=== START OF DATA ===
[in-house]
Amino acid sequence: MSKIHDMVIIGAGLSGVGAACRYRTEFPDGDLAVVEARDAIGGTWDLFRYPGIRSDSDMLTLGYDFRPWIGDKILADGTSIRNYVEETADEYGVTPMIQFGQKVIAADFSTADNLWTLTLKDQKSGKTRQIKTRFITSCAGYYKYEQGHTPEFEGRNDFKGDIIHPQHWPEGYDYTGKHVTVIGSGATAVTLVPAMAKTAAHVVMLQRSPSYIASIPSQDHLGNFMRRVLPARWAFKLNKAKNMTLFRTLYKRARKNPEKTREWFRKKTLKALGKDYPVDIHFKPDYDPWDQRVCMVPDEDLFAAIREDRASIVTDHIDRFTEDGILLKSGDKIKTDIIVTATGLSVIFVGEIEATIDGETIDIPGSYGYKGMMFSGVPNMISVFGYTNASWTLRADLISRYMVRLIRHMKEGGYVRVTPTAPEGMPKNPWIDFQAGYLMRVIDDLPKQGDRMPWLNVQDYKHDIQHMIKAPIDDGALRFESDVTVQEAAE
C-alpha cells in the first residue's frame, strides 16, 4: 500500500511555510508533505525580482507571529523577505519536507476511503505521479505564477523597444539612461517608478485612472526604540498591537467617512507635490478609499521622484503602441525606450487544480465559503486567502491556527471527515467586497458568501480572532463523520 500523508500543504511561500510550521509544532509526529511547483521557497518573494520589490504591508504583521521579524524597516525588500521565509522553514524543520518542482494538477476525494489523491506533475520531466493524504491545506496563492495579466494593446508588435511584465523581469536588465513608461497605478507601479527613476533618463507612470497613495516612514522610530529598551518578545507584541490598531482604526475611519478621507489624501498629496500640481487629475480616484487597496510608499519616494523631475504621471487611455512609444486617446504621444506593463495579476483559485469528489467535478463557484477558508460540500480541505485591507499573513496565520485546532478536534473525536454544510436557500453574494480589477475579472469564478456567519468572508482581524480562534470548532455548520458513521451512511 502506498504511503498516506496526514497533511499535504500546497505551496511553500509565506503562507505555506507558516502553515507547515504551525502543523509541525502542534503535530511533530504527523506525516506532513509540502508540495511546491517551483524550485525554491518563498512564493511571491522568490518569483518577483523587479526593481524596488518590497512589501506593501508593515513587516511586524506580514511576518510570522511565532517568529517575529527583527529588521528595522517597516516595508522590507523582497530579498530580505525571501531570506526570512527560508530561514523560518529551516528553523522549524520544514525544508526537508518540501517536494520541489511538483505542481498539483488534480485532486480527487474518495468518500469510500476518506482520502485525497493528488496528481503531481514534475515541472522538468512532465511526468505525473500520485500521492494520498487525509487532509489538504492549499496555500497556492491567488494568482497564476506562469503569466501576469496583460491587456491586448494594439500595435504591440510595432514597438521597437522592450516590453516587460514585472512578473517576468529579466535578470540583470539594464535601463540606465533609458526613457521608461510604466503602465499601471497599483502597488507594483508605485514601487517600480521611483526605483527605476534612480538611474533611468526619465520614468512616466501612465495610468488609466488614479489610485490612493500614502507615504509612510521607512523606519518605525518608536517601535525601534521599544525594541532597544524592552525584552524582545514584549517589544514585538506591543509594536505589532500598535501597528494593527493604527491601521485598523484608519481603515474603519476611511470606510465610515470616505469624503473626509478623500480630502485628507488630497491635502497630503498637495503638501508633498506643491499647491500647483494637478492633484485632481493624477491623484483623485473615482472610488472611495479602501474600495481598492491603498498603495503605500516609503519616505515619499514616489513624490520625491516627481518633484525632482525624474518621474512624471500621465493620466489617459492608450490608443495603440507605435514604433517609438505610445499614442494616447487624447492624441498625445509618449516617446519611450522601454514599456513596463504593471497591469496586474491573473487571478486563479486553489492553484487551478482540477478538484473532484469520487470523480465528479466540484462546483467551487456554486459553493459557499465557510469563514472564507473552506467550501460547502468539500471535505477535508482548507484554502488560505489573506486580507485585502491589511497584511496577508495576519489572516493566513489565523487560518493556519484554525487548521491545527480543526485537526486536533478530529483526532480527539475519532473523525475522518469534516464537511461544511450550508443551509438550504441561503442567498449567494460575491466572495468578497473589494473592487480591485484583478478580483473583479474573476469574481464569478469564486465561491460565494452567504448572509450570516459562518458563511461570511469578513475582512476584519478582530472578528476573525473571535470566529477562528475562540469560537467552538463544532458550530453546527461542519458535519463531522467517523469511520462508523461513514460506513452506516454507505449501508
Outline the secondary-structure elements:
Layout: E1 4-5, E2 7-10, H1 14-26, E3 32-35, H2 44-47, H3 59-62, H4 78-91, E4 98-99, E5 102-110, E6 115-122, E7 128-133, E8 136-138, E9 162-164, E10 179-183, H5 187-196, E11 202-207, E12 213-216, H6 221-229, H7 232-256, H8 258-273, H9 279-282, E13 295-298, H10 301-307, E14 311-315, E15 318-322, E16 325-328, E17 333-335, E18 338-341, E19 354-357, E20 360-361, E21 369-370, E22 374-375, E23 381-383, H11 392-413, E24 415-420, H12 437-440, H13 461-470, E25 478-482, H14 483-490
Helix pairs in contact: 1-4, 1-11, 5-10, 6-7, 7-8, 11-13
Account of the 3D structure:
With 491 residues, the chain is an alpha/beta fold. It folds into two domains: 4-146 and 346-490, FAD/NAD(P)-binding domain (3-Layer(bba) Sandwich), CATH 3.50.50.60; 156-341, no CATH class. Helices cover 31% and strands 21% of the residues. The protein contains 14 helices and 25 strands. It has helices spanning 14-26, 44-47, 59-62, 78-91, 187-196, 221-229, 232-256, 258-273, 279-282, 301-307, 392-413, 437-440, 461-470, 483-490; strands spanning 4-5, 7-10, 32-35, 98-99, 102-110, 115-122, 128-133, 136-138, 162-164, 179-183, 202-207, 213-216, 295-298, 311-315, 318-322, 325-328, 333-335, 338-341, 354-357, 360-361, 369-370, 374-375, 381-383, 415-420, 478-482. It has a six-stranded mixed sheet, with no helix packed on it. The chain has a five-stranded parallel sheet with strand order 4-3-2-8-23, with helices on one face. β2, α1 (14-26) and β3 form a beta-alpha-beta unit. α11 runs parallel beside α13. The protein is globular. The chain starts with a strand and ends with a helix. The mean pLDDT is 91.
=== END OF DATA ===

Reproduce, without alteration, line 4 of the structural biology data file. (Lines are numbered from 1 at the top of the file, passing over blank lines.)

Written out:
Outline the secondary-structure elements: